Spatiotemporal Clustering of Mycobacterium tuberculosis Complex Genotypes in Florida: Genetic Diversity Segregated by Country of Birth
Marie Nancy Séraphin, Michael Lauzardo, Richard T. Doggett, Jose Zabala, J. Glenn Morris Jr., Jason K. Blackburn
Article first published online: 19 APR 2016 PLoS ONE
Tuberculosis (TB) is caused by members of the Mycobacterium tuberculosis complex (MTBC). Although the MTBC is highly clonal, between-strain genetic diversity has been observed. In low TB incidence settings, immigration may facilitate the importation of MTBC strains with a potential to complicate TB control efforts.
We investigated the genetic diversity and spatiotemporal clustering of 2,510 MTBC strains isolated in Florida, United States, between 2009 and 2013 and genotyped using spoligotyping and 24-locus MIRU-VNTR. We mapped the genetic diversity to the centroid of patient residential zip codes using a geographic information system (GIS). We assessed transmission dynamics and the influence of immigration on genotype clustering using space-time permutation models adjusted for foreign-born population density and county-level HIV risk and multinomial models stratified by country of birth and timing of immigration in SaTScan.
Among the 2,510 strains, 1,245 were reported among foreign-born persons; including 408 recent immigrants (<5 years). Strain allelic diversity (h) ranged from low to medium in most locations and was most diverse in urban centers where foreign-born population density was also high. Overall, 21.5% of cases among U.S.-born persons and 4.6% among foreign-born persons clustered genotypically and spatiotemporally and involved strains of the Haarlem family. One Haarlem space-time cluster identified in the mostly rural northern region of Florida included US/Canada-born individuals incarcerated at the time of diagnosis; two clusters in the mostly urban southern region of Florida were composed predominantly of foreign-born persons. Both groups had HIV prevalence above twenty percent.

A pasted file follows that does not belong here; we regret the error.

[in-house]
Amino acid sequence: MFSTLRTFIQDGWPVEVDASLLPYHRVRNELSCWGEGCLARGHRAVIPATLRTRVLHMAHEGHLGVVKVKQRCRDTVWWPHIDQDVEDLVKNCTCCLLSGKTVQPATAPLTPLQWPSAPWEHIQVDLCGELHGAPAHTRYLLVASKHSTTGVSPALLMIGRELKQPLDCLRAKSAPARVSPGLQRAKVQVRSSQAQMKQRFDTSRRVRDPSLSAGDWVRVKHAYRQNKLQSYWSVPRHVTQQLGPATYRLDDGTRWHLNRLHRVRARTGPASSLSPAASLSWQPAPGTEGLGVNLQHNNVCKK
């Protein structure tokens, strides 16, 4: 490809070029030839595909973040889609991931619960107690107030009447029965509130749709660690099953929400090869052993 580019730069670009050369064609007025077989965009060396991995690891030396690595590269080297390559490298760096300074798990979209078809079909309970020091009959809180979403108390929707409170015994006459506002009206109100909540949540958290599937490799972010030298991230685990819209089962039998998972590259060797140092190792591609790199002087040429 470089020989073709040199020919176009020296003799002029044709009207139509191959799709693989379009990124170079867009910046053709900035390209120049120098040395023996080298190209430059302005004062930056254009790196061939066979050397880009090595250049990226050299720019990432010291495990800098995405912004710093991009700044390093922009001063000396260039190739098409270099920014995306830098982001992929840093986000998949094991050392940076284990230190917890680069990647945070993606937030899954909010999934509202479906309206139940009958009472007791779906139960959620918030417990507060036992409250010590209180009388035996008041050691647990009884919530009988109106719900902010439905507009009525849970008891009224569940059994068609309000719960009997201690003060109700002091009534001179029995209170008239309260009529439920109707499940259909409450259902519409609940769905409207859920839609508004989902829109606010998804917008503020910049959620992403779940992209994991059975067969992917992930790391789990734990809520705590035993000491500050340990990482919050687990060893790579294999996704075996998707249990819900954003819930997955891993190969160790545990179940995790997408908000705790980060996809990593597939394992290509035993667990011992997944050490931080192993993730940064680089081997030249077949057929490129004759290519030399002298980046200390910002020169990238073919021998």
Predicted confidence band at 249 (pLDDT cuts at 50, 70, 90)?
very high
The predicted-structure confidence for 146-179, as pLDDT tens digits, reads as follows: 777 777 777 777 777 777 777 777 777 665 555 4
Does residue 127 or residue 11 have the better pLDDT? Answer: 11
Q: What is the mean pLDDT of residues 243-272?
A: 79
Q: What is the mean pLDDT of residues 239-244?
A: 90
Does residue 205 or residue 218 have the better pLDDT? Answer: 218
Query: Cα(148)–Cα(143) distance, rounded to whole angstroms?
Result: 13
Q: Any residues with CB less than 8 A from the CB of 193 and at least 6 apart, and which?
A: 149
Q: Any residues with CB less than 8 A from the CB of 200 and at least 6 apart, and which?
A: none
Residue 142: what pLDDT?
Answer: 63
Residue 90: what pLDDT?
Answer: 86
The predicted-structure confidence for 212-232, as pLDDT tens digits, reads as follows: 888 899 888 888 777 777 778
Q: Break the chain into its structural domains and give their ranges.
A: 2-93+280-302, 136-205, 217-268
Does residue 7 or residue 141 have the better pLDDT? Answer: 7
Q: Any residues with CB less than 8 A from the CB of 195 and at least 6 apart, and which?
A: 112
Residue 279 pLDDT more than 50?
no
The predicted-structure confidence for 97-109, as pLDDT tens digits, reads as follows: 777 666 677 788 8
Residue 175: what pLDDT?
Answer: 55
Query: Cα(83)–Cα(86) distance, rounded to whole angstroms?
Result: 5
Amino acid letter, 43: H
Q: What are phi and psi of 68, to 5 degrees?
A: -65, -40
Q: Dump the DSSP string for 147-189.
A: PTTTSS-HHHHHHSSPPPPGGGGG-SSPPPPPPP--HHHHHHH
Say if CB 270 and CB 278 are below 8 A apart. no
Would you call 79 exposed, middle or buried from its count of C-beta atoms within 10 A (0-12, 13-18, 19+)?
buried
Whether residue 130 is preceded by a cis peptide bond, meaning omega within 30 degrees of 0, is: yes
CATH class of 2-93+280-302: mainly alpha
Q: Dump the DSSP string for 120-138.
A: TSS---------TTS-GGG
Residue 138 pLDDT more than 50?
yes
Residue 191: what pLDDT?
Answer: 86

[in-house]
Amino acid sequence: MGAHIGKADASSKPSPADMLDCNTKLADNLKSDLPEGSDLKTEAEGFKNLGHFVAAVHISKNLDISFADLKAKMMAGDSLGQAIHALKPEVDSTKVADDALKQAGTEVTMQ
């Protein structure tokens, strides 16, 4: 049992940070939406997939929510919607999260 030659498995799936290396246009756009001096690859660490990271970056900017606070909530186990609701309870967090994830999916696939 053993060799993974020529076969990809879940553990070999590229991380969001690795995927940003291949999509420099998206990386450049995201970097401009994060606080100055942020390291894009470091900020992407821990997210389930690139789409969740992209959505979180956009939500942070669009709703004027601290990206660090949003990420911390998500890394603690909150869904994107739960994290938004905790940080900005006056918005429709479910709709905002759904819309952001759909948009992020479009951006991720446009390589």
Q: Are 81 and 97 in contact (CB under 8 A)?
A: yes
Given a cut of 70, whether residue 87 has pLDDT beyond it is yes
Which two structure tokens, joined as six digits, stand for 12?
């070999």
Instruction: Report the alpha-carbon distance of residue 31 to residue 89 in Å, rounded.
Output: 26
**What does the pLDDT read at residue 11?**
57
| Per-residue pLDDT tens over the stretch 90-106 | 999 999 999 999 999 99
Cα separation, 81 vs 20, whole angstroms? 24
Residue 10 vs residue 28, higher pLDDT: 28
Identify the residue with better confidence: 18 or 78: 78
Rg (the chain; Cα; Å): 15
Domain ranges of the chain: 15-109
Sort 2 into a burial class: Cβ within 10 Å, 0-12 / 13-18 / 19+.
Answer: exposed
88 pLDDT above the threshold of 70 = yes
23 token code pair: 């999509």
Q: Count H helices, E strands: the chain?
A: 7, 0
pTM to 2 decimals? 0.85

Almost five percent of TB cases reported in Florida during 2009–2013 were potentially due to recent transmission. Improvements to TB screening practices among the prison population and recent immigrants are likely to impact TB control. Due to the monomorphic nature of available markers, whole genome sequencing is needed to conclusively delineate recent transmission events between U.S. and foreign-born persons.
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